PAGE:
Download presentation

Presentation is loading. Please wait.

Published byGianna Bugbee Modified about 1 year ago

2
Extremum & Inflection

3
Finding and Confirming the Points of Extremum & Inflection

4
InflectionExtremum Candidate Points for Inflection Points at which the second derivative is equal 0 or does not exist. Critical Points Points at which the first derivative is equal 0 or does not exist. I The second Derivative Test for inflection Testing the sign of the second derivative about the point The First Derivative Test for Local Extremum Testing the sign of the first derivative about the point II The Third Derivative Test for Inflection Testing the sign of the third derivative at the point The Second Derivative Test for Local Extremum Testing the sign of the second derivative at the point III

5
Extremum Critical Points We find critical points, which include any point ( x 0, f((x 0 ) ) of f at which either the derivative f’ (x 0 ) equal 0 or does not exist. The First Derivative Test for Local Extremum For each critical point ( x 0, f((x 0 ) ) we examine the sign of the first derivative f’ (x) on the immediate left and the immediate right of this point x 0. If there is a change of sign at x 0, then the point ( x 0, f((x 0 ) ) is a point of local extremum, with the extremum being: (1) A local maximum if the sign of f’ (x) is positive on the immediate left and negative on the immediate right of the critical point x 0 (2) A local minimum if the sign of f’ (x) is negative on the immediate left and positive on the immediate right of the critical point I II.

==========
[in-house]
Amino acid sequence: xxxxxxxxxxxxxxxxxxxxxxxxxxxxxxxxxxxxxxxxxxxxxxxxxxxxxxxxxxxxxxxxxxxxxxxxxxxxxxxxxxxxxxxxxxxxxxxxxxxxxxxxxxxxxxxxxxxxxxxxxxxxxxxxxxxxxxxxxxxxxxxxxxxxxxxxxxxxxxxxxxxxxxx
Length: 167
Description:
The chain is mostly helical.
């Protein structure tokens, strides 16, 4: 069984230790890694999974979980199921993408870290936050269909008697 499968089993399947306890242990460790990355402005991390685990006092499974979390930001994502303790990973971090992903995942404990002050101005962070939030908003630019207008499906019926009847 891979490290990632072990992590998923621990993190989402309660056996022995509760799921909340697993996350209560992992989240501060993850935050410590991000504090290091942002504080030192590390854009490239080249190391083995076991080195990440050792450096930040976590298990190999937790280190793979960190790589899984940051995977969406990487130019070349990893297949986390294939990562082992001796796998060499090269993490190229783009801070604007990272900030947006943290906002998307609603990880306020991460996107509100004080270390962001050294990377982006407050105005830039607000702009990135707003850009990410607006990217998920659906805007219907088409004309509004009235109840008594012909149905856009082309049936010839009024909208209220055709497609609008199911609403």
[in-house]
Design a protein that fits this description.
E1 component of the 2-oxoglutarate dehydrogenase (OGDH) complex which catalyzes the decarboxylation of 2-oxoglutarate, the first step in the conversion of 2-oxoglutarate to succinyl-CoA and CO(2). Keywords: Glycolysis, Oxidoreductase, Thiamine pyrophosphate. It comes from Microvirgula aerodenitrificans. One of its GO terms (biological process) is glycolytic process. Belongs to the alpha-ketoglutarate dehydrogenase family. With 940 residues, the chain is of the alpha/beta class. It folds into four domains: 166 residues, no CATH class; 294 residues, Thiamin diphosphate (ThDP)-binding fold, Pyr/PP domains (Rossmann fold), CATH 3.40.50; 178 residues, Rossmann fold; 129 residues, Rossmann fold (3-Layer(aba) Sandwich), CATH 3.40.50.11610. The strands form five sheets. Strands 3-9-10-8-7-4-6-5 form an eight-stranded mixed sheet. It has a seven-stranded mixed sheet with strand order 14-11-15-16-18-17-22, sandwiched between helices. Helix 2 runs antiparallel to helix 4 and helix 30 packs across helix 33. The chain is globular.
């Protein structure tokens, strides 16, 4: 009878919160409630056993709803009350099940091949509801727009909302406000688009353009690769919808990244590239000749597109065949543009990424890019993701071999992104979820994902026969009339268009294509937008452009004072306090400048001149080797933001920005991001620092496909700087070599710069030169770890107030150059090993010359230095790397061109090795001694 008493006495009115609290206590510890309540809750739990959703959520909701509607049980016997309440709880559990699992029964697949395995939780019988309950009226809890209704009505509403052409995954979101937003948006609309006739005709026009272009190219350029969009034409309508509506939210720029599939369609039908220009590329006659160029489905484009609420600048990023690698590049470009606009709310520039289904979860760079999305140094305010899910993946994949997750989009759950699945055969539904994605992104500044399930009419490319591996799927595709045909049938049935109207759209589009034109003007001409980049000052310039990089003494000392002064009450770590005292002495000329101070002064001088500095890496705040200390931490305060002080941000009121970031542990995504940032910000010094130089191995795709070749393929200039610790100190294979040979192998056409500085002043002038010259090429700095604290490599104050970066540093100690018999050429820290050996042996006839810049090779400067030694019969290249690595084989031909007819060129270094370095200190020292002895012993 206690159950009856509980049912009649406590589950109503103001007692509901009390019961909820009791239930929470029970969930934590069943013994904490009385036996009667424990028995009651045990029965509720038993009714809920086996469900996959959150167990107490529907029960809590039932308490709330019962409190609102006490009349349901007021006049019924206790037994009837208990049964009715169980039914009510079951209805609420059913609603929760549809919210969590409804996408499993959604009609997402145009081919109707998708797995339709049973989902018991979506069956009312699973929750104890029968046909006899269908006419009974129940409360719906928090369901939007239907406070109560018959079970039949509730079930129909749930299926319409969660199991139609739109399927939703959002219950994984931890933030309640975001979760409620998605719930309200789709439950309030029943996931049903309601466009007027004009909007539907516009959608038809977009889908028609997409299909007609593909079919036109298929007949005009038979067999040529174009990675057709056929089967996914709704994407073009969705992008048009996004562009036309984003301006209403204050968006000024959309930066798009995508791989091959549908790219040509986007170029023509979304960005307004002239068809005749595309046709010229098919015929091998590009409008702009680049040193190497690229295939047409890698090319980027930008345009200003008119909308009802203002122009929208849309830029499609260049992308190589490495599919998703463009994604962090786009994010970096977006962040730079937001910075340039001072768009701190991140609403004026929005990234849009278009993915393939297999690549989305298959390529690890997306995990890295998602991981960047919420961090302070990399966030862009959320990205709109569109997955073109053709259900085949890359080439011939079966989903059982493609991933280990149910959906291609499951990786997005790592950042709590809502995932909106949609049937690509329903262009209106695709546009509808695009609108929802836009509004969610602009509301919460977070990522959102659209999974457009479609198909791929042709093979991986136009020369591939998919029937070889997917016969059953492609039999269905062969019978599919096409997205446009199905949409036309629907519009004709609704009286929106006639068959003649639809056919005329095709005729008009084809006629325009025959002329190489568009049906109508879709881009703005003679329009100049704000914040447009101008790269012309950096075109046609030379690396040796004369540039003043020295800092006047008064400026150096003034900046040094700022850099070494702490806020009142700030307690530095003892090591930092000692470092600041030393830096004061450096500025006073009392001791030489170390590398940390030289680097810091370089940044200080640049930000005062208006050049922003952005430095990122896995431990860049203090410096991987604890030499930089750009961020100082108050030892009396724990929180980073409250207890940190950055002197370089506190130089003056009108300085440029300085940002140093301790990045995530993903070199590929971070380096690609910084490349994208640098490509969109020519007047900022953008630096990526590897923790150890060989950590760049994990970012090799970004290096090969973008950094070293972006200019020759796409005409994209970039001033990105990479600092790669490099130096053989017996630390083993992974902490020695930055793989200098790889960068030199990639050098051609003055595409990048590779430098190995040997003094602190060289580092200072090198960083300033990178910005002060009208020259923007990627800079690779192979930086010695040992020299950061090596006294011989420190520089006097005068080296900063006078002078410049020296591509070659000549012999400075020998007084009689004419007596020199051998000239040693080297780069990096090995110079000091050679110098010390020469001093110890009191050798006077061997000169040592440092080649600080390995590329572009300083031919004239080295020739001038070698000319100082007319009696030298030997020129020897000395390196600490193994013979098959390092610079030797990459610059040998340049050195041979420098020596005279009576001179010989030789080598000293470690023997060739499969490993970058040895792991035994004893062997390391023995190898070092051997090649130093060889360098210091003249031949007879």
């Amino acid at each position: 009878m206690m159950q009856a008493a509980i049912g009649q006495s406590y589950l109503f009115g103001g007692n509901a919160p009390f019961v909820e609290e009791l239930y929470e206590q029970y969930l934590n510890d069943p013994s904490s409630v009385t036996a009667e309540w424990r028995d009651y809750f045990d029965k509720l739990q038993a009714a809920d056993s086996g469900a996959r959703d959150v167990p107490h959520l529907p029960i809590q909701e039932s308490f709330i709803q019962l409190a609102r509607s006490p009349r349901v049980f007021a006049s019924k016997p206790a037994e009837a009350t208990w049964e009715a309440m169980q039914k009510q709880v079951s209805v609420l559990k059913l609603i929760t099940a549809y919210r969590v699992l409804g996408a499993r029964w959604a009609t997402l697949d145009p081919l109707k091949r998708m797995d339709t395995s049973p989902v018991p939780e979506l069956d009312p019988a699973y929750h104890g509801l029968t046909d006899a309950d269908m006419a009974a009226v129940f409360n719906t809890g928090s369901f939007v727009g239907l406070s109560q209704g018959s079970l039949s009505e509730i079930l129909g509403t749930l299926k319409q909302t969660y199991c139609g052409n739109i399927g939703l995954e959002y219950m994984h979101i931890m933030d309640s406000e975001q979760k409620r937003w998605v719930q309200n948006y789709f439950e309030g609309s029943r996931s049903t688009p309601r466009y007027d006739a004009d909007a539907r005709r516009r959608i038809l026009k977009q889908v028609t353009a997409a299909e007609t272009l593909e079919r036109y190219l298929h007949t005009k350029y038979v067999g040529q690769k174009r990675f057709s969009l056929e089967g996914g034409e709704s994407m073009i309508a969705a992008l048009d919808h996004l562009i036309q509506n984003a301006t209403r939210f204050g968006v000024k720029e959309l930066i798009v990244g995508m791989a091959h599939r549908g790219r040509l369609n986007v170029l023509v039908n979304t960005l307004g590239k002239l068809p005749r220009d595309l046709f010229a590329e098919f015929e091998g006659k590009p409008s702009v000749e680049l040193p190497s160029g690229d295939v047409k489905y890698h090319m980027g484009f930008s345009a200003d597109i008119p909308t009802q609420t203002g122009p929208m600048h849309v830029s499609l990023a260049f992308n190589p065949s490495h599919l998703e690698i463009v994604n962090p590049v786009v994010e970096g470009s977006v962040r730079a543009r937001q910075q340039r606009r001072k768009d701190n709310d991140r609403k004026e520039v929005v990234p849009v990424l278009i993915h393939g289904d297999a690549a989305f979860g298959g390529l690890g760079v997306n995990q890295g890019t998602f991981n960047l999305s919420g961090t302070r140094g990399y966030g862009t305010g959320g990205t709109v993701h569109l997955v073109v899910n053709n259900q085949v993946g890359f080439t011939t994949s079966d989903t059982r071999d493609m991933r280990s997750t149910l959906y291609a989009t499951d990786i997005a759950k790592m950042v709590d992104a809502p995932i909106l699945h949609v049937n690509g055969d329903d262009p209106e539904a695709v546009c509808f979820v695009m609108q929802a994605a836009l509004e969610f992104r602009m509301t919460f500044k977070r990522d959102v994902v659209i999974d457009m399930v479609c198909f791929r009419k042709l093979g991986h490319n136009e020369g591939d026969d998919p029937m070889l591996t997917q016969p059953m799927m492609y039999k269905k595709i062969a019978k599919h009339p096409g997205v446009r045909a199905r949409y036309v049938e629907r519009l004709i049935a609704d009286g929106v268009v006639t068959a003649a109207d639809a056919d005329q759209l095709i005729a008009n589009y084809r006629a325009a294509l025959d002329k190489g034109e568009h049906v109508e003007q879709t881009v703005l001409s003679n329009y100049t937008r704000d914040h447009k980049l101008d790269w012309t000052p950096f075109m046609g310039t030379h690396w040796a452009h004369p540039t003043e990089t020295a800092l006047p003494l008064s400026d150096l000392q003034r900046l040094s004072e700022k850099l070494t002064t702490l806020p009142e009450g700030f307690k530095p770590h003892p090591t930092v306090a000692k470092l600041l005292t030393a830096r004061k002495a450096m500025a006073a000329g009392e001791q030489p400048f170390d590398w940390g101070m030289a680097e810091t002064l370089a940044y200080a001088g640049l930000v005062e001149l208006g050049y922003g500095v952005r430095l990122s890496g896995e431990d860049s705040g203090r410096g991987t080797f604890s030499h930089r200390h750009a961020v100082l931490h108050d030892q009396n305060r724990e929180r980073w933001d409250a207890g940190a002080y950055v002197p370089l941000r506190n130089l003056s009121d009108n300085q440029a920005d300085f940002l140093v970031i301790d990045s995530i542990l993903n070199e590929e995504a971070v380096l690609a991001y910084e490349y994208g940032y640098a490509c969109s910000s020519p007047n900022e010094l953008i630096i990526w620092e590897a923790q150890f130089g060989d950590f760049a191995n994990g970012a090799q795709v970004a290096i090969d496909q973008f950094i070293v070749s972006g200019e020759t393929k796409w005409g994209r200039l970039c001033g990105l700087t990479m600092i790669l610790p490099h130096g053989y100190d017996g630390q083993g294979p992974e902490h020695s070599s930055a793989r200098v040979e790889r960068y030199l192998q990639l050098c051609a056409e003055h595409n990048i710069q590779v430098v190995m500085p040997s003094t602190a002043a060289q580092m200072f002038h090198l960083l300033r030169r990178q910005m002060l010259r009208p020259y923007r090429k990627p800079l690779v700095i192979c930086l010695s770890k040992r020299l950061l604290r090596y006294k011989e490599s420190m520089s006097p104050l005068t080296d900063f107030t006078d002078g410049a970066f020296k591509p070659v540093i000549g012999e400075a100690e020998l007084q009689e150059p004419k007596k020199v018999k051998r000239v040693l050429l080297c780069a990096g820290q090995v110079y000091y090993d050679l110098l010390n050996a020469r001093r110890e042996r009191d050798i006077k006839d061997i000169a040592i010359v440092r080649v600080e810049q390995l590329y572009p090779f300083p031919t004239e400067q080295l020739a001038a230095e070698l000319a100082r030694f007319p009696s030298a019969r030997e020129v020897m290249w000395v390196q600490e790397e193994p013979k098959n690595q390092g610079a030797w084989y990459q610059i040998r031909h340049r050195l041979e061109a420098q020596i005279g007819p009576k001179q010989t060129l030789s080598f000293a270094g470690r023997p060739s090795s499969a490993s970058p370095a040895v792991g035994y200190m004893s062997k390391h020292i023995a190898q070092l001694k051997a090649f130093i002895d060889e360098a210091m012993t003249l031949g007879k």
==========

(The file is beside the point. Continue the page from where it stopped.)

6
Extremum The Second Derivative Test for Local Extremum Only for critical points ( x 0, f((x 0 ) ) for which the first derivative f’ (x 0 ) = 0 (1) If f’’ (x 0 ) is negative, then the point ( x 0, f(x 0 ) ) is a point of local maximum (2) If f’’ (x 0 ) is positive, then the point ( x 0, f(x 0 ) ) is a point of local minimum III.

7
Inflection Candidate Points We find candidate points, which include any point (x 0,y 0 ) of f at which either the second derivative f’’ (x 0 ) equal 0 or does not exist The Second Derivative Test for Inflection For each candidate point ( x 0, f((x 0 ) ) we examine the sign of the second derivative f’’ (x) on the immediate left and the immediate right of this point x 0. If there is a change of sign at x 0, then the point ( x 0, f((x 0 ) ) is a point of inflection, at which: (1) The graph of f changes from concave upward to concave downward if the sign of second derivative f’’ (x) changes from positive on the immediate left to negative on the immediate right of the candidate point x 0 (2) The graph of f changes from concave downward to concave upward if the sign of second derivative f’’ (x) changes from negative on the immediate left to positive on the immediate right of the candidate point x 0 I II.

8
Inflection The Third Derivative Test for Inflection Only for candidate points ( x 0, f( ( x 0 ) ) for which the second derivative f’’ (x 0 ) = 0 (1) If f’’’ (x 0 ) is negative, then the point ( x 0, f( ( x 0 ) ) is a point of inflection at which the graph of f changes from concave upward to concave downward (2) If f’’ (x 0 ) is positive,, then the point ( x 0, f( ( x 0 ) ) is a point of inflection at which the graph of f changes from concave downward to concave upward III.

9
One Page Summary Word Doc : PDF:

10
Example Let: f(x) = 2x 3 – 9x 2 +12x + 1 Determine all points of extremum and inflection of the function f and use this information and other information to sketch its graph.

11
Solution

13
Graphing f

14
Graph of f

15
f’f’

16
Graphing g=f ’

17
Graph of g=f ’

18
Question? Home Quiz (1) Can you graph g without using the derivatives?

19
f ’’

20
f ’’’

21
The relation between f and f ’

22
The relation between f and f ’’

23
The relation between f and f ’’’

25
The Four Graphs graphs

27
Homework (1)

28
Homework (2) For each of the functions f of the previous homework (1) a. Determine the intervals on which f is increasing or decreasing. b. Determine the intervals on which f is concave upward or concave downward.

Similar presentations

© 2017 SlidePlayer.com Inc.

All rights reserved.

Ads by Google